I have been shocked by some of the most blatant racism I’ve ever seen in the Northeastern cities most people consider “cosmopolitan”, from whites, blacks, and others.

The South isn’t what you think it is, and hasn’t been for a long time from my limited experience. Most of us are too busy making a life to be bothered with such nonsense. We work, live, play, recreate, procreate, worship, exist side-by-side, and together, harmoniously — with the rare exception as is ever the case.

hillbillyjim on September 23, 2010 at 2:27 PM

Hillbillyjim, thanks for talking and giving your perspective. I remember George Wallace running for President twice (I think late 60s and then early 70s when he got shot). Didn’t he receive a significant number of Southern votes? And I also remember Lee Atwater of the Republican party putting in place a successful “Southern Strategy” in the early 1980s that was based in part on subtle (in most cases) race issues. I also remember all the Civil Rights issues of the 60s.

I guess I’m wondering whether it was “much further back” than 25-30 years ago, because those were in the 1960s, 1970s and early 1980s.

Jimbo3 on September 24, 2010 at 10:24 AM

It’s one thing to nominate qualified individuals who reflect one’s political perspectives, it’s another thing to nominate individuals who are unqualified due to incompetence to the Judiciary. All of the people listed here appear incompetent to the Judiciary — and I’d add, at any level of the Judiciary.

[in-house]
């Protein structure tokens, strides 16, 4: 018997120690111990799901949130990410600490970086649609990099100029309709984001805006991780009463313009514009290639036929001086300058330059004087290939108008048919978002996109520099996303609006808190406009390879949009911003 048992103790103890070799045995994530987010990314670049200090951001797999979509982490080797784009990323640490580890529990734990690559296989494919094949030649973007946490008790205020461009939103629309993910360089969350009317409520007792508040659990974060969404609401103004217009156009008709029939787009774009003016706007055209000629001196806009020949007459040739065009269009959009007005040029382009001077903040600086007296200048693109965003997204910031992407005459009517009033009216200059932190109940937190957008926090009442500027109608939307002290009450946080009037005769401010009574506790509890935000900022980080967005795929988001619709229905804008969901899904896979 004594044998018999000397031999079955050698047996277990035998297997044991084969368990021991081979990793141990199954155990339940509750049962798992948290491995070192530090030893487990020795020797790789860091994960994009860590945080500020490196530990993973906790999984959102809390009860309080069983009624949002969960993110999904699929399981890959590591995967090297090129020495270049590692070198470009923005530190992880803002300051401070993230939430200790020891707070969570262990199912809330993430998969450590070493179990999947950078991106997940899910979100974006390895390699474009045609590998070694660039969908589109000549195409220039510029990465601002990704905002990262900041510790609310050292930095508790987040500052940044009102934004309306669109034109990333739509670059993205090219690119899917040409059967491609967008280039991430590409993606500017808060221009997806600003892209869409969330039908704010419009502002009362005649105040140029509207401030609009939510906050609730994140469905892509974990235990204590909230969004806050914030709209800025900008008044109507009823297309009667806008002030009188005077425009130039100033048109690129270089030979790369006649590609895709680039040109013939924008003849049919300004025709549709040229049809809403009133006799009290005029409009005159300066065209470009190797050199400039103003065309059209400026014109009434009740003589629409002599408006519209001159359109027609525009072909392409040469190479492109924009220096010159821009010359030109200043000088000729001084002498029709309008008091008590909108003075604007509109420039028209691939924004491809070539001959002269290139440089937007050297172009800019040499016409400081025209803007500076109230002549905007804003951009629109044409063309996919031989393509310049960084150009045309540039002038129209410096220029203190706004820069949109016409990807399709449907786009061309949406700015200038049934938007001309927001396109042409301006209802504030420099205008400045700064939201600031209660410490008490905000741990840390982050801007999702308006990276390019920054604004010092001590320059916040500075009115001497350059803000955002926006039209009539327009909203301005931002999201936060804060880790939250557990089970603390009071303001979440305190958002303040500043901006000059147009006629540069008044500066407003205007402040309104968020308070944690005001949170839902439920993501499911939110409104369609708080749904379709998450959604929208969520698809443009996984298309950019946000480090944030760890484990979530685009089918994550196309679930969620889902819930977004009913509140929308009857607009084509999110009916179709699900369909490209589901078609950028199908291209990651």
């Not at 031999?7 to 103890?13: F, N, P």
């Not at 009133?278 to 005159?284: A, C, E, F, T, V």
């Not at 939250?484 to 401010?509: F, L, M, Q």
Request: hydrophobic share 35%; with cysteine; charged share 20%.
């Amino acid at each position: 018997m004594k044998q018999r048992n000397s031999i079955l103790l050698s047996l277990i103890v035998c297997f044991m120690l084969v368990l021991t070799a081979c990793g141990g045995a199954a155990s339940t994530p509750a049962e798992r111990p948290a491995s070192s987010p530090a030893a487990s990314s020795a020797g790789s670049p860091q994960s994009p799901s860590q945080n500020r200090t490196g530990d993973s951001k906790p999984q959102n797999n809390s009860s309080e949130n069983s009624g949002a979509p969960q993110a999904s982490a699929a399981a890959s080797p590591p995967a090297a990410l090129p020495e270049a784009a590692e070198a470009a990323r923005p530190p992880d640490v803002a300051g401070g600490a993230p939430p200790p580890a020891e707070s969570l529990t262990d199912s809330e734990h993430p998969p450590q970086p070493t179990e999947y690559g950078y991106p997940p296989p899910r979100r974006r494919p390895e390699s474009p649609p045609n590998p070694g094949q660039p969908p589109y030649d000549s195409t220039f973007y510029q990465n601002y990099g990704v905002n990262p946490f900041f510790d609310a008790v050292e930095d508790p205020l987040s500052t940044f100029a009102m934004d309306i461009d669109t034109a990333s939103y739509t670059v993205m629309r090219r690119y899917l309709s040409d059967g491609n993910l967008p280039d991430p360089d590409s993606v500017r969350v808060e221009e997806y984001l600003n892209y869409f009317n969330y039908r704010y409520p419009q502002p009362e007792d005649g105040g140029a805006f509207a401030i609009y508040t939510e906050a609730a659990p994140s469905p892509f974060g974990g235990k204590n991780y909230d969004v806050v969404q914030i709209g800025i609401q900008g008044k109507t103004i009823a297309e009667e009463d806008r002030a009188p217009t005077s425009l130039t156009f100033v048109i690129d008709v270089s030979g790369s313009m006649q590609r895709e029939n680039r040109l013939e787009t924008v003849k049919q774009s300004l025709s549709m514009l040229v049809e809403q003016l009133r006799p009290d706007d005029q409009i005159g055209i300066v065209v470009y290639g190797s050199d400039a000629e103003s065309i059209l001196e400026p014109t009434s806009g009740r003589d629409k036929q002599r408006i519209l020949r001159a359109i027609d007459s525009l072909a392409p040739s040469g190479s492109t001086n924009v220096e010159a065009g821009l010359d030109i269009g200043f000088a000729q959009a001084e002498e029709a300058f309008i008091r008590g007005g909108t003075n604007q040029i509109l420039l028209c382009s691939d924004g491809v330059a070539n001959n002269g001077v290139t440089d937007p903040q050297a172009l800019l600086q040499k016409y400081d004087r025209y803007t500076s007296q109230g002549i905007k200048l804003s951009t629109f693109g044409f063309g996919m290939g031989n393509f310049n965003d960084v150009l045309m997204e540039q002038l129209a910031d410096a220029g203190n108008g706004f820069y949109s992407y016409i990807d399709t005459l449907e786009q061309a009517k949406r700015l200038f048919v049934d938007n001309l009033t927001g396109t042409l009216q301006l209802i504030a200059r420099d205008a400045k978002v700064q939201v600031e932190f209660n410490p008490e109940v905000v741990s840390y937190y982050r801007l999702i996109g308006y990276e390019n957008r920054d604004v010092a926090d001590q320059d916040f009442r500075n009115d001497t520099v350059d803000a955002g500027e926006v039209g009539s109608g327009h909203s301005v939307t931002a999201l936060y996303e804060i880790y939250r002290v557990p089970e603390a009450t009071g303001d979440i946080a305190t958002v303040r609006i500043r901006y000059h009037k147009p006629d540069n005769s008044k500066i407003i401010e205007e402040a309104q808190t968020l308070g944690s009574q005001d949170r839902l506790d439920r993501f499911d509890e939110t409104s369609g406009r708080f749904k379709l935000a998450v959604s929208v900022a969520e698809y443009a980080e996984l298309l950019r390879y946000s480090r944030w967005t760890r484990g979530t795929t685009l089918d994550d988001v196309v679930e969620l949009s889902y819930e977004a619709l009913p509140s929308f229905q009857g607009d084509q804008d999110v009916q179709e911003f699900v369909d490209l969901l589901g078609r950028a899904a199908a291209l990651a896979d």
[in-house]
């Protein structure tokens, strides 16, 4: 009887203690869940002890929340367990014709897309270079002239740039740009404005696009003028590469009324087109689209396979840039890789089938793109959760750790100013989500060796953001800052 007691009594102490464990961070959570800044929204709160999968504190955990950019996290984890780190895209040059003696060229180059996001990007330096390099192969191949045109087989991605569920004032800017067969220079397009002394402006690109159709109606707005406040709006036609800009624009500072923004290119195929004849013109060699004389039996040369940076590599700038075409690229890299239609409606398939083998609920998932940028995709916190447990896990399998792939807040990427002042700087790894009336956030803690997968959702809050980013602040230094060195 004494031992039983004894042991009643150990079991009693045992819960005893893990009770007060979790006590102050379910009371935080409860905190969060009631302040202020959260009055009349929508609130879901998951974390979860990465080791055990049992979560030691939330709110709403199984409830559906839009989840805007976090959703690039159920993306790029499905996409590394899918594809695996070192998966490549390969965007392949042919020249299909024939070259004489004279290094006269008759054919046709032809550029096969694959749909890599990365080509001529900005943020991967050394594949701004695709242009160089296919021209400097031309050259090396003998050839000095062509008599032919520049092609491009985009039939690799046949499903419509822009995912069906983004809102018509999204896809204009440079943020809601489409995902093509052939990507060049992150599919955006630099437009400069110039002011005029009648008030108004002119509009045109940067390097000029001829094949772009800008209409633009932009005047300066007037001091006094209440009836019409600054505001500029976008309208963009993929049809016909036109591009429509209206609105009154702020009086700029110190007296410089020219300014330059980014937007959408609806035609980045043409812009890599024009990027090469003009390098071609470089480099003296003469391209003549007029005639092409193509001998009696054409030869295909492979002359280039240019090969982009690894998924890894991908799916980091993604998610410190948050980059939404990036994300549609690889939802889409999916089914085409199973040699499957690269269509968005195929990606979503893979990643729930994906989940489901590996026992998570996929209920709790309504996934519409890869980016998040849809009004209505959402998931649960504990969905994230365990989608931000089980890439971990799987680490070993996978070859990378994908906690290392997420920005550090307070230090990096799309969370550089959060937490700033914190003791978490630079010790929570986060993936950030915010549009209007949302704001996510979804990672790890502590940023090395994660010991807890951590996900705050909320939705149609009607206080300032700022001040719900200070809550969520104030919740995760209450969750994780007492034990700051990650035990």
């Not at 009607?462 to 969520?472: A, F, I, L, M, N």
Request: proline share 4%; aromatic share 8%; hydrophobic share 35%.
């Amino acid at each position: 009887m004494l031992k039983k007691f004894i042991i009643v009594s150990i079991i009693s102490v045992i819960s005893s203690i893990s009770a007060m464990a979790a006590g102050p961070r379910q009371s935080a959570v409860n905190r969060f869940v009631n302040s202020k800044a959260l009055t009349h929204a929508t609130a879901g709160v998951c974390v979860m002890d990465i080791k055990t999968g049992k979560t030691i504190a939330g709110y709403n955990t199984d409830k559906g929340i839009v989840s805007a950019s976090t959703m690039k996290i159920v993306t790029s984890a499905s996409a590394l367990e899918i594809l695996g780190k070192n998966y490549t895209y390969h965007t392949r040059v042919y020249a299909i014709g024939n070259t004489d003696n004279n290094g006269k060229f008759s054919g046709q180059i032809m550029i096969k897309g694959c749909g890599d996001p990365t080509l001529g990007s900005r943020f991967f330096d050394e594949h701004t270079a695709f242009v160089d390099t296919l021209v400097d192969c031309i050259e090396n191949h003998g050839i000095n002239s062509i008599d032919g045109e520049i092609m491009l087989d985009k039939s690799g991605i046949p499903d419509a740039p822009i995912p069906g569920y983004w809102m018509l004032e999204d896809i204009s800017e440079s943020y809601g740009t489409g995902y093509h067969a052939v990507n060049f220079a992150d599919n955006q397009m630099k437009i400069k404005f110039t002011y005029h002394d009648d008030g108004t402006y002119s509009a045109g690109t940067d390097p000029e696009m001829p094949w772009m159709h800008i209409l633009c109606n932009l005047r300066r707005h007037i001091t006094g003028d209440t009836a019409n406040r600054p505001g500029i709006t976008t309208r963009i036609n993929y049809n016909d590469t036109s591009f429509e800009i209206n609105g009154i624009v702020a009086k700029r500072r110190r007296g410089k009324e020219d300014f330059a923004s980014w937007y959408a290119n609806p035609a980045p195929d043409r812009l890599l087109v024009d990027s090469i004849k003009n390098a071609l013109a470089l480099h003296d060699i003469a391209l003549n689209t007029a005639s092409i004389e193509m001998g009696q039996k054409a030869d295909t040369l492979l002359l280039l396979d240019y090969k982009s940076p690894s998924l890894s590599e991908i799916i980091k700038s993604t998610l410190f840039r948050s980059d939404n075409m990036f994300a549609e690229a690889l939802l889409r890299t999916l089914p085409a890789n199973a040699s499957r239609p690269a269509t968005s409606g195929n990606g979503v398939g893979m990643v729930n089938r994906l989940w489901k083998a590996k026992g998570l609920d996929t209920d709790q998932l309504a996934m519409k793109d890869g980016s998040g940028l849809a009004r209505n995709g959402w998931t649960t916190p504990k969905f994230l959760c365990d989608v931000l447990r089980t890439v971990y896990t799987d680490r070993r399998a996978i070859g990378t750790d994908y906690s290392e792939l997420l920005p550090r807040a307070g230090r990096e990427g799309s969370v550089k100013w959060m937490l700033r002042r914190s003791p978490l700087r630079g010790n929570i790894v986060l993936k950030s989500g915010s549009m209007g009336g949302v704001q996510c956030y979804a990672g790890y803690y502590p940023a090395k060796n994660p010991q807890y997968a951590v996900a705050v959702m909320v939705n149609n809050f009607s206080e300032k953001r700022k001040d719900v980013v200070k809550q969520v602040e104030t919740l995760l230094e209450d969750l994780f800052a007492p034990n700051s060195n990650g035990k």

Lourdes on September 24, 2010 at 8:24 AM

I see. Mind naming some “liberal” judges you believe would be qualified for the federal bench?

crr6 on September 24, 2010 at 11:35 AM

Goodwin Liu (Ninth Circuit)

appears incompetent for the federal bench, incopetent if but for the sole reason that he “interprets” or imagines Constitutional rights where none exist as to those he has declared exist but don’t (not in the Constitution, yet Liu “perceives” them to be there).
Lourdes on September 24, 2010 at 8:24 AM

So it’s your position that the only rights you have are those specifically spelled out for you in the Bill of Rights? What a pathetic, servile existence.

Fortunately, the Founders included the 9th amendment in case peons like you thought you only had the rights which were specifically laid out in the Constitution.

The enumeration in the Constitution, of certain rights, shall not be construed to deny or disparage others retained by the people.

crr6 on September 24, 2010 at 11:51 AM

Jimbo3 on September 24, 2010 at 10:24 AM

Being a hillbilly and all, my perspective is from the viewpoint of the rural South. There are still places near Atlanta and Birmingham where racism is alive and well, and certainly were thriving hubs of hate in the ’60s.

In my experience, the closer to metropolitan areas you get, the more racism you will find, and that was the case in the ’70s as well. I was a but a child during the ’60s, so all I know about that aside from reading, film, TV, etc., is what my sister has told me over the years. (She’s still a hard-core liberal, btw).

As I pointed out before, the metropolitan areas across the nation, and the world for that matter, are in my mind the places where racism seems to still simmer at times. The cities were certainly aflame during the ’60s nationwide, and of course the Southern cities were atrocious in this regard before then.

There weren’t Jim Crow laws in place elsewhere in the nation for the most part, but the hate and bigotry was certainly a part of the landscape across the country.